“Kill ‘em all,” which someone crossed out, then another person wrote, “Let God sort ‘em out,” to which someone else responded, “And I’m God’s intermediary,” to which, of course, yet another hand added the very clever riposte, “FU.” Disturbing enough but very dynamic.

But this is my favorite:

The symbol of the Deathly Hallows, which coincidentally started appearing chalked on walls all over campus shortly after the seventh Harry Potter film came out. Every time it rains, someone chalks them up anew.

College students have far too many ways to procrastinate.

I’ve often thought the experience of reading a medieval manuscript is very much like trying to study in a subway station, with all the voices in the margins calling for your attention and distracting you from what you might otherwise focus on. More recently, I’ve decided it’s much more like reading in a library carrel, where despite the silence, the walls themselves speak and speak loudly. But perhaps it would be more accurate to reverse the comparison say that studying in a library carrel is more like reading a medieval manuscript: they came up with it first, after all. We’ve just taken things off the page and stuck them on every other surface we could find.

So long live library graffiti—but please don’t take this as an encouragement to become vandals yourselves. I don’t even write in my own books, much less the library’s books. But when the crime’s already been committed, I see no reason to pretend it isn’t fascinating stuff.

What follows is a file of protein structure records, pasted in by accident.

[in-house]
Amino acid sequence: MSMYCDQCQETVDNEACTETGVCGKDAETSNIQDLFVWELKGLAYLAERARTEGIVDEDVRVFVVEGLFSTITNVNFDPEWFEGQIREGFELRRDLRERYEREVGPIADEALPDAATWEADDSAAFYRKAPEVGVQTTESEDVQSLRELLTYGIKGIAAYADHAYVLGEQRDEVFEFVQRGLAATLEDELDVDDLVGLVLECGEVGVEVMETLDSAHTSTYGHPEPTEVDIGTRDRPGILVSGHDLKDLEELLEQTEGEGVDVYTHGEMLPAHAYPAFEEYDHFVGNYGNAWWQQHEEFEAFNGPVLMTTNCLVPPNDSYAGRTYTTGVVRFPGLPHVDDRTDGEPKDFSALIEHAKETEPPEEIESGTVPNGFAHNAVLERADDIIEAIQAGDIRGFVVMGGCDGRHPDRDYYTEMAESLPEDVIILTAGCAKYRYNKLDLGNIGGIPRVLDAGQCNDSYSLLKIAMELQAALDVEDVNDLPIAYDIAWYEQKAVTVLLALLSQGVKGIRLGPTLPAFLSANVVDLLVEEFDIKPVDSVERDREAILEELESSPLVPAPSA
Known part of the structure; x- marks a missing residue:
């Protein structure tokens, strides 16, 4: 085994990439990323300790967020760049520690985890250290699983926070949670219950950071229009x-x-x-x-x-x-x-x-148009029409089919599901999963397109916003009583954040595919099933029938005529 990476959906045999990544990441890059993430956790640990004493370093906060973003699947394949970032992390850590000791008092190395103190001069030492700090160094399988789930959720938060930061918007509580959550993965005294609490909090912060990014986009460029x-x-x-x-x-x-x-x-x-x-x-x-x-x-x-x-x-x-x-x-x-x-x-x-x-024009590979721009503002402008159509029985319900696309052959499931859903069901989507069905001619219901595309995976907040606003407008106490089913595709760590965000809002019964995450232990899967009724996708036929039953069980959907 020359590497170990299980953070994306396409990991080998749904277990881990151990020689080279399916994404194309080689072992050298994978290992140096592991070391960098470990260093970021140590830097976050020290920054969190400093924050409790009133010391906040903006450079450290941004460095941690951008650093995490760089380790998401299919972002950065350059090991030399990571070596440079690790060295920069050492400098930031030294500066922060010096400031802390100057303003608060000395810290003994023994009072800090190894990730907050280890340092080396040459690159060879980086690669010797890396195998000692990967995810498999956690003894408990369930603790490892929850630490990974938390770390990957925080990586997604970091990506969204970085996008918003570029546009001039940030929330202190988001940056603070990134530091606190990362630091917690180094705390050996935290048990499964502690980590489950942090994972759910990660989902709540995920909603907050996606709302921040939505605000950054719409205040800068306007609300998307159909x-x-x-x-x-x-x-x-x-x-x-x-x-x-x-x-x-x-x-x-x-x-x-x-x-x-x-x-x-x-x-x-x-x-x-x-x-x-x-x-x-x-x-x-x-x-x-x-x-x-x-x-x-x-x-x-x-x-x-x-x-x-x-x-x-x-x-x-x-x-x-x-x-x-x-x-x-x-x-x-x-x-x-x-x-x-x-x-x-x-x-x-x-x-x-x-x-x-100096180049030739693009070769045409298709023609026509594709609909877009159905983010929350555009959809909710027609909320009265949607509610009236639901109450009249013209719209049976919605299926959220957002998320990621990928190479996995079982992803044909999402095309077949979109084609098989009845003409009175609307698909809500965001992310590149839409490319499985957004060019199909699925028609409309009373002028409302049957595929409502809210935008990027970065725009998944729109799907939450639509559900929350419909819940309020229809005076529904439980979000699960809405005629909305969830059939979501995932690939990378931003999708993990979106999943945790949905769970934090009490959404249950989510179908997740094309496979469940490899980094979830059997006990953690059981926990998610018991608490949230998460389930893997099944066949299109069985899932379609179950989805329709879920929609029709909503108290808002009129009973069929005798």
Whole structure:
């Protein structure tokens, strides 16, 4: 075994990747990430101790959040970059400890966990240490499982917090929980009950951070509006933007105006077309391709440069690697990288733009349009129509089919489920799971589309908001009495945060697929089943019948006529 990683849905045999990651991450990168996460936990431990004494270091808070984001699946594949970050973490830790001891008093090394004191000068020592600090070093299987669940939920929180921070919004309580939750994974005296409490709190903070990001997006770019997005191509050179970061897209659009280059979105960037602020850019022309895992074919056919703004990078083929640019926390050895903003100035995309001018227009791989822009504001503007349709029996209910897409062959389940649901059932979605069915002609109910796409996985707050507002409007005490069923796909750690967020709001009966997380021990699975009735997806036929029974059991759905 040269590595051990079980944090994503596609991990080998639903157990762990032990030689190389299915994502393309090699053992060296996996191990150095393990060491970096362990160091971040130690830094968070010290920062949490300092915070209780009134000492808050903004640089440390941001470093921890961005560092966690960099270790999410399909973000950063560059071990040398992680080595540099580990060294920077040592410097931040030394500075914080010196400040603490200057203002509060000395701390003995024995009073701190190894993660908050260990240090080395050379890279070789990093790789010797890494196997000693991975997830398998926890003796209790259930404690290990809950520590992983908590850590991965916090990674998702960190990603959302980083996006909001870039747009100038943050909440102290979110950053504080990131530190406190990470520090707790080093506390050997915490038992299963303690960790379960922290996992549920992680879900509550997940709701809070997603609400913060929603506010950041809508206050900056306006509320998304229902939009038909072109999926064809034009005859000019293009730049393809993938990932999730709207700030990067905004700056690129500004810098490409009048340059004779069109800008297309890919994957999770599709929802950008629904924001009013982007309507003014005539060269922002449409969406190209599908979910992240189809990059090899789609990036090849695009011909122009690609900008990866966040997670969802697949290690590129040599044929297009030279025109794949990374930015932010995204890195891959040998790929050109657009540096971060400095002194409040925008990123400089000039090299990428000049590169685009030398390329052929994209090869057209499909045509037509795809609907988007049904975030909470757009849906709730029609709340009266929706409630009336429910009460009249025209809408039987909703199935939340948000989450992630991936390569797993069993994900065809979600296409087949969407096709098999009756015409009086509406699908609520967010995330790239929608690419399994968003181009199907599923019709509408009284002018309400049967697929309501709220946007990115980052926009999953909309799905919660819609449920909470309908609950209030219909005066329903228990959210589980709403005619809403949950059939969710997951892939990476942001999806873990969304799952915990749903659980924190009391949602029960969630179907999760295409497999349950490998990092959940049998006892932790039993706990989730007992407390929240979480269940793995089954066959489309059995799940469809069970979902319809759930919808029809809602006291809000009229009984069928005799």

PS: While we’re at it, sometimes the officials commit faux pas themselves. Remember the misspelled book binding I mentioned a few months ago? Well here’s an elevator button from a library that just tickles me pink:

If I hit it, do the doors open or close??

Wednesday, February 2, 2011


When I turned twenty-six, I had to get over the strange sensation of knowing that I was closer to thirty than I was to twenty. Thirty is the age when people are grown-ups and have things like careers and mortgages and spouses. Twenty has much less weighty associations, and by those standards, that’s still pretty solidly where I am.

But now that I’m even CLOSER to thirty (not quite there yet!), I have to marvel at how fast the time has gone. I still think of scholarly articles that were written in 1999 as being fairly recent—according to the five-year expiration date on scholarship, they are not. Not by a long shot. I still think of high school as not all that long ago, and it staggers me to think it’s been fully half of my life since I was a freshman!

And it’s not just things in relation to me that seem to have flown by either. My college first-year students are now upwards of an entire decade younger than I am. They call me by my last name like I’m some kind of authority figure (though I still have to dress up on the first day of class or they look at me like they can’t figure out what I’m doing behind the Teacher’s Desk). They were eight years old when 9-11 happened; they don’t really remember what it was like when you could accompany your loved one all the way to the very gate at the airport even if you weren’t flying. They don’t remember NOT being at war with Terror. (I don’t dwell at length on this sort of thing in my daily life; I just had it brought home to me when I gave my students a reading on post-9-11 political rhetoric and realized they’d never really heard anything but.) Heath Ledger stands in about the same relation to them—a Hollywood leading man who died too young, a long time ago—as James Dean does to me. They’re starting to look at CDs with the same wary mistrust as most of my generation looks at LPs. “Why don’t you just get it on iTunes?”